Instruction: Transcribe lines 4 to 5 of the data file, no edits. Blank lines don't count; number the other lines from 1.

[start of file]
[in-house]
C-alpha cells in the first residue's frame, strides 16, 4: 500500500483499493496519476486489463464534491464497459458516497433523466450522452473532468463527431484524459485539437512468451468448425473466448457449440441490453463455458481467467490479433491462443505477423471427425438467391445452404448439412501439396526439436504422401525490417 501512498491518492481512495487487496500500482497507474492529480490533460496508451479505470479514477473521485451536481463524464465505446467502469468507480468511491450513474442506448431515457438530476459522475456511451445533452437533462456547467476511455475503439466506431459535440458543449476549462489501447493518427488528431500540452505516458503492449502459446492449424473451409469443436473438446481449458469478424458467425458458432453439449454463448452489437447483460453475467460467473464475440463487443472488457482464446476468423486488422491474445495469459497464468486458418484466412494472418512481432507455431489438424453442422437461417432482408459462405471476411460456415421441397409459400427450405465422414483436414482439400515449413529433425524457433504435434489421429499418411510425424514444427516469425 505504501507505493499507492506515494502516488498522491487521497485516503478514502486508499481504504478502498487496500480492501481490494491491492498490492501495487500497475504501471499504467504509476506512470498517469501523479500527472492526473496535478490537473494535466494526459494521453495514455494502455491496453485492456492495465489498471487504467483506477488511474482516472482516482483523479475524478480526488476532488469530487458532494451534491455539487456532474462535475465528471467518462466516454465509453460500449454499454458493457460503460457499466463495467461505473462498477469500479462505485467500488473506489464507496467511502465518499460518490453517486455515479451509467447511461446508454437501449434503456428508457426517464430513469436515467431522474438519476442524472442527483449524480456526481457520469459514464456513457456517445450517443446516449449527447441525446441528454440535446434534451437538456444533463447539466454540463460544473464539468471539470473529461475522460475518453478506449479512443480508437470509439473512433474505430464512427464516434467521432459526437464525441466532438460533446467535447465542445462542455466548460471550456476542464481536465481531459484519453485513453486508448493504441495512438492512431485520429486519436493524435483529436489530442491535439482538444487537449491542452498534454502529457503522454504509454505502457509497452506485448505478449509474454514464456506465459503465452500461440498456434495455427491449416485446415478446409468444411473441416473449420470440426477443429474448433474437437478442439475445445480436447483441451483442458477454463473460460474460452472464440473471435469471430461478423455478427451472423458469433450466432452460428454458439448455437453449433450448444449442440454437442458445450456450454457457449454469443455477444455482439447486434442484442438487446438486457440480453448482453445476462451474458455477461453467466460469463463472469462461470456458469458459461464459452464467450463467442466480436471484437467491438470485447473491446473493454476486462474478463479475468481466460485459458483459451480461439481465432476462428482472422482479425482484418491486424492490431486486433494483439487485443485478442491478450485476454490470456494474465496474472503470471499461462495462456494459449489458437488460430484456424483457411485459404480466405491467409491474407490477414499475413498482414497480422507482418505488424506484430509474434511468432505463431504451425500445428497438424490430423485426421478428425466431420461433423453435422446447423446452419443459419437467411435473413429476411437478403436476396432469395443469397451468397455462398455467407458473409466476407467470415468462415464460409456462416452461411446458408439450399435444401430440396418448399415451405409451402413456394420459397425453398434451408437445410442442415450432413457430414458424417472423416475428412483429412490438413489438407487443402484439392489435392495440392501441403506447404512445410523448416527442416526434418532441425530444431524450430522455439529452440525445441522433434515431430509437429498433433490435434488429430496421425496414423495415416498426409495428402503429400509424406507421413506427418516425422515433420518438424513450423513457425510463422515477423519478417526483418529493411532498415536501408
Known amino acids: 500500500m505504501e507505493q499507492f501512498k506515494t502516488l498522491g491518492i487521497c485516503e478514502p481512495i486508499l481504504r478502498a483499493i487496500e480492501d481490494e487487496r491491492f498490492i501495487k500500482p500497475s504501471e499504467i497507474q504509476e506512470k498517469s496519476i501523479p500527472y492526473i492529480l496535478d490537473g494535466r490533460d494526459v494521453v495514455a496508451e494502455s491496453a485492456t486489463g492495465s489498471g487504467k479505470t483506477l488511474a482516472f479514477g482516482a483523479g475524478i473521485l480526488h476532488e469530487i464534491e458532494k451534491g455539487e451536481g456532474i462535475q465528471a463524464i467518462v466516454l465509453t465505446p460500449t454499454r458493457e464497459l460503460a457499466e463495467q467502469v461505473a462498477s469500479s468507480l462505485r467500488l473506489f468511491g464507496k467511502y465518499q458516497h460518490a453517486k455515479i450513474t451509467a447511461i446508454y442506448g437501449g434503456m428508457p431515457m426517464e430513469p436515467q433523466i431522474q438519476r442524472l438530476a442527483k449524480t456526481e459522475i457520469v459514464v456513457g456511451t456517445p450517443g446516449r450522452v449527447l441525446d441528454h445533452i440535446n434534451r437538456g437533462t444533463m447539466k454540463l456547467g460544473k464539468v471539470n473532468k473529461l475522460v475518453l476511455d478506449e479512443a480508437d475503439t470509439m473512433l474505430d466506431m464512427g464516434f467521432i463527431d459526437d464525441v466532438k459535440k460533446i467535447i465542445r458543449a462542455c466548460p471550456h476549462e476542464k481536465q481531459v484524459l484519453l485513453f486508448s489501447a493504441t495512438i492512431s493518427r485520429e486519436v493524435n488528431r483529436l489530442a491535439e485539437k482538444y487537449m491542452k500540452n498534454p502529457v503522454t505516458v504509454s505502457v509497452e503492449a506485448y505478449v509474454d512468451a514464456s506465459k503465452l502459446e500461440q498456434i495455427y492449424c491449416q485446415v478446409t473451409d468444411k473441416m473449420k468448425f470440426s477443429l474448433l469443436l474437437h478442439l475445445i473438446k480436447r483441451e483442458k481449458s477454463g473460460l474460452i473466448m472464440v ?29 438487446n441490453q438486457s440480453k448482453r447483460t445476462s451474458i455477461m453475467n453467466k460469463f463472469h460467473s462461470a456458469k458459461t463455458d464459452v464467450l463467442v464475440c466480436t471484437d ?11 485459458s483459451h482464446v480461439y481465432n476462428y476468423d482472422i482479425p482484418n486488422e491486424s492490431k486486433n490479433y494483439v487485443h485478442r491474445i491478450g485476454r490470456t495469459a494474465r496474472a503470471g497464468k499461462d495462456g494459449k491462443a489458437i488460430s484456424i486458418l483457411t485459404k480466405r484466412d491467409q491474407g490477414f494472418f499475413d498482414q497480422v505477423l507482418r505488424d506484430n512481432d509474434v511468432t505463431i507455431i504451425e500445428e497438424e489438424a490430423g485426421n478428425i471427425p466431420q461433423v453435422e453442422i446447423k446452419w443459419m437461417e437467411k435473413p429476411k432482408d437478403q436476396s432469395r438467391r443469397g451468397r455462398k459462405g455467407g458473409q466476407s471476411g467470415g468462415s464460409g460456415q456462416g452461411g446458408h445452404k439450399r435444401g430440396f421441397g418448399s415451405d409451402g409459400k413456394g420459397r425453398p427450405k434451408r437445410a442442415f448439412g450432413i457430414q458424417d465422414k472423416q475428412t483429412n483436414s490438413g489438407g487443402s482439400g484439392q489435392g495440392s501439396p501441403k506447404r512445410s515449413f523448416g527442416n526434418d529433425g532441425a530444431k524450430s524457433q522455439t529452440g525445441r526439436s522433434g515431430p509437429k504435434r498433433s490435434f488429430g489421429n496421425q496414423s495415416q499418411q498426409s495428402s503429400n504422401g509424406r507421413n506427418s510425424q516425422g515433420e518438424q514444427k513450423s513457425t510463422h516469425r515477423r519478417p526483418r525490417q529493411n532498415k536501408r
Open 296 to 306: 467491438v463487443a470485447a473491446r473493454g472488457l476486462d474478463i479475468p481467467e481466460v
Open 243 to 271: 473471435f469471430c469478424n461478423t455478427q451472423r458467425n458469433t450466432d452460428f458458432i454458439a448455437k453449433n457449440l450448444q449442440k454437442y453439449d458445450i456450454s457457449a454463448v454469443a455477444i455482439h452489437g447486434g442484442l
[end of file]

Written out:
Open 296 to 306: 467491438v463487443a470485447a473491446r473493454g472488457l476486462d474478463i479475468p481467467e481466460v
Open 243 to 271: 473471435f469471430c469478424n461478423t455478427q451472423r458467425n458469433t450466432d452460428f458458432i454458439a448455437k453449433n457449440l450448444q449442440k454437442y453439449d458445450i456450454s457457449a454463448v454469443a455477444i455482439h452489437g447486434g442484442l